EU watchdog starts review of Spain’s Hipra Covid-19 booster jab

The EU medicines watchdog on Tuesday began a rolling review of a Covid-19 booster vaccine made by Spanish pharmaceutical firm Hipra, saying early results showed it was effective against the Omicron strain.

EU watchdog starts review of Spain's Hipra Covid-19 booster jab
The EU regulator has so far approved five Covid vaccines for use in the EU. (Photo by CLEMENT MAHOUDEAU / AFP)

“Preliminary results suggest that the immune response with Covid-19 vaccine Hipra may be effective against SARS-CoV-2, including variants of concern such as Omicron,” the European Medicines Agency (EMA) said in a statement.

Going by the brand name PHH-1V, the Hipra shot will now be scrutinised by the Amsterdam-based EMA, before its maker can apply for full authorisation for use within the 27-member bloc.

The EMA did not say how long the review would take.

It is being developed by Hipra as a booster vaccine for adults who have already been fully vaccinated with a different COVID-19 vaccine.

PHH-1V is a protein-based vaccine “that prepares the body to defend itself” against Covid-19, the EMA said.

The vaccine contains two types of spike proteins, which SARS-CoV-2 — the virus that causes Covid-19 — uses to enter human cells.

When a person is administered the vaccine, their immune system will identify the two types of spike proteins as foreign and then produce natural defences — antibodies and T-cells — against them.

“If, later on, the vaccinated person comes into contact with SARS-CoV-2, the immune system will recognise the spike protein on the virus and be prepared to attack it,” the EMA said.

Covid-19 infections are again surging in parts of the world, blamed particularly on the spread of the highly transmissible BA.2 variant of Omicron.

The EU regulator has so far approved five Covid vaccines for use in the EU — Pfizer and Moderna, which use messenger RNA technology, AstraZeneca and Johnson & Johnson, which use viral vector technology, and Novavax, which is based on a spike protein produced in a laboratory.

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Spain to offer fourth Covid-19 vaccine dose to ‘entire population’

Spain’s Health Ministry on Thursday announced there will be a second Covid-19 booster shot offered to all age groups in the country, with the rollout likely to begin this autumn.

Spain to offer fourth Covid-19 vaccine dose to 'entire population'

Spain’s Health Minister Carolina Darias on Thursday announced that the country’s Public Health Commission, the body responsible for advising the ministry on Spain’s Covid vaccination strategy, has said there should be a fourth dose offered to all of Spain’s 47 million inhabitants. 

What hasn’t been fully decided yet is when the rollout will begin, although Darias did hint that it’s likely to take place during the autumn. 

“We’re waiting for the arrival of new vaccines adapted to Covid-19 variants by that date, as stated in the contracts we have signed with the pharmaceutical companies,” Darias said on La Sexta TV channel.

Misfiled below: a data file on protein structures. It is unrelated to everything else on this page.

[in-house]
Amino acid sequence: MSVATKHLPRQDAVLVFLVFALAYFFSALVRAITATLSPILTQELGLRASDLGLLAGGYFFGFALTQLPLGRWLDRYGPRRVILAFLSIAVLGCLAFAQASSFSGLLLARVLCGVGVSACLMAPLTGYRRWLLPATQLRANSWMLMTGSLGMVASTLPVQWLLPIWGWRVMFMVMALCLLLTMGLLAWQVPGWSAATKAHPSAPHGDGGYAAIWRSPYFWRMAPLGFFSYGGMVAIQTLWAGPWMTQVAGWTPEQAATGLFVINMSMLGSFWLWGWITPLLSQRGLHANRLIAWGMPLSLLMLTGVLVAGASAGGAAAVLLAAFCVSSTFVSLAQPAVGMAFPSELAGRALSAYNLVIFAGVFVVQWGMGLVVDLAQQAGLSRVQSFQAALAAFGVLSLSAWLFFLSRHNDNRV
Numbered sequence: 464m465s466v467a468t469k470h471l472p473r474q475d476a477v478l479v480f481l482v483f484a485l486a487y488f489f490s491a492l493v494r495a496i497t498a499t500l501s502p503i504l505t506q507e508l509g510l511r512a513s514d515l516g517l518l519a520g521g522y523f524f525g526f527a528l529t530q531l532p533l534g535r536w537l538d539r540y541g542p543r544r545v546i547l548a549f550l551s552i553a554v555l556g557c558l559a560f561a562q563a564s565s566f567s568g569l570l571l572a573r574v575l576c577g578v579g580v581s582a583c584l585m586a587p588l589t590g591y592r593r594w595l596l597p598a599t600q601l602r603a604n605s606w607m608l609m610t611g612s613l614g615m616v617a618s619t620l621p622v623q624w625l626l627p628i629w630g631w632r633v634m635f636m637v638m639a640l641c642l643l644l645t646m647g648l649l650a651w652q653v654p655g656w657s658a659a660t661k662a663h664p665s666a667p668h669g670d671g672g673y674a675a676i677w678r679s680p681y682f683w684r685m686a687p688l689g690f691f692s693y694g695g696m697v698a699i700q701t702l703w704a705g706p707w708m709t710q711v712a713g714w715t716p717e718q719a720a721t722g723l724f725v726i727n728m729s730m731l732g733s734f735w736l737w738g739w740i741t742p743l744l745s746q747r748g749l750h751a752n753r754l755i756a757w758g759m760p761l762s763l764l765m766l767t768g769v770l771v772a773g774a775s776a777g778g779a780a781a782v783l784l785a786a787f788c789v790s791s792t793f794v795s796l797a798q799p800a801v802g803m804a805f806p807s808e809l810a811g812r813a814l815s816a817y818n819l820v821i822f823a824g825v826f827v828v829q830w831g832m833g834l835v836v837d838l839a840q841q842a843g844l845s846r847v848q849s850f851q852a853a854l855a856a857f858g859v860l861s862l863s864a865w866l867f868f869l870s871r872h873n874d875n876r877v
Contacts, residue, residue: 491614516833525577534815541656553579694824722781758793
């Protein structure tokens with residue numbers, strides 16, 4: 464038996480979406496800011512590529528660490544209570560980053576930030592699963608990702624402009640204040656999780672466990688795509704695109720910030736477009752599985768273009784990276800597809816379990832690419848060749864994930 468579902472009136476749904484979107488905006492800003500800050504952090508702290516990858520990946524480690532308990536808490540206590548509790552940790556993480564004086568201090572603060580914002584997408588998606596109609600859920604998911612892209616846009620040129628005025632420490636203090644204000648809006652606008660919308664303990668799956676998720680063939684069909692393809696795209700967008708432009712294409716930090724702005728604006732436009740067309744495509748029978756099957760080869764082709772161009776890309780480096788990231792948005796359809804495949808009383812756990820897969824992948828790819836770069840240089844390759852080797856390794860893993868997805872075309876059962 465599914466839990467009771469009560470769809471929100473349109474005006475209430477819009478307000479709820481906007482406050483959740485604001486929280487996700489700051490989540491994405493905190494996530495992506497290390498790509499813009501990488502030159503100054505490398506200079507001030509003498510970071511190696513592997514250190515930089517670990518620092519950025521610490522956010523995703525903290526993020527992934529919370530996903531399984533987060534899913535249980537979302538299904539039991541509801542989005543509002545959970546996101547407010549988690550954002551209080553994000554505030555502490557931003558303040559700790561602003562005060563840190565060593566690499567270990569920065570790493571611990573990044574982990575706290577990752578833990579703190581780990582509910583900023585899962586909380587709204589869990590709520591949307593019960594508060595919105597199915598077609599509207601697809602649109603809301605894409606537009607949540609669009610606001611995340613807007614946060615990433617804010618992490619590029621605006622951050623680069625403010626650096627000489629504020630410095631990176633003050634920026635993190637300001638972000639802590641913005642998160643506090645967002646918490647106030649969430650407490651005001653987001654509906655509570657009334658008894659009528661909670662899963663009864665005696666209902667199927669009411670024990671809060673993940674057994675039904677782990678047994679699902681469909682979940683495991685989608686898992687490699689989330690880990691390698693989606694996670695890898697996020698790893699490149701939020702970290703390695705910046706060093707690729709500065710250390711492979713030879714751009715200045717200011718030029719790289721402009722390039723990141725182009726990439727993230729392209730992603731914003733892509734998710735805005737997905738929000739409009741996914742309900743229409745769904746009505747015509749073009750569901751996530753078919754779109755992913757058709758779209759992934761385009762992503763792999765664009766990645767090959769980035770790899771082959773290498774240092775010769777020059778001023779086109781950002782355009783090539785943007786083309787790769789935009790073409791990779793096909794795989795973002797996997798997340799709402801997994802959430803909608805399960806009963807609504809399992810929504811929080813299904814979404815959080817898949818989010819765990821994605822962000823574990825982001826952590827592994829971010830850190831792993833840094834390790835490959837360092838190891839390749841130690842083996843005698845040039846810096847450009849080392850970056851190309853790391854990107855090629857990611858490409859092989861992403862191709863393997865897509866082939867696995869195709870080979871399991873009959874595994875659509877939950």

The decision also still requires full approval from the Public Health Commission. There’s unlikely to be a u-turn on the matter, although Spanish health authorities have at different stages of the pandemic taken some time to execute decisions they initially announced. 

Until now, only people over 80, those in care homes and people classified as vulnerable (cancer, HIV, transplant, dialysis patients) have been approved to have a second booster dose in Spain, which is milder than the initial two-shot vaccination given in 2021.

In April 2022, the European Medicines Agency (EMA) considered that at that time it was too early to speak of a fourth dose for all age groups, but they have given the go ahead to high-risk groups.

Around 50 percent of Spain’s population has had one Covid-19 booster dose (third dose), but the rates are lower among younger people.

Spain’s Public Health Commission is in favour of waiting to see how the country’s epidemiological situation evolves and for the new messenger RNA vaccines adapted to the new variants to be made available. 

These new serums are expected to be ready in October and the two pharmaceutical companies developing them, Pfizer and Moderna, have already submitted the results of their clinical trials to the European Medicines Agency.

Although for the past months Spain has only been counting Covid-19 infections in people aged 60 and over as well as serious cases, health authorities have recorded an increase in recent weeks. 

On Tuesday, they confirmed there were 36,133 new infections over the previous 7 days and 131 Covid deaths.

As part of its change of strategy towards the pandemic in recent months, the Spanish government has essentially treated Covid-19 like another endemic disease similar to the flu, deciding to remove quarantines for asymptomatic and mild cases, and after a long wait, relaxed indoor mask wearing rules.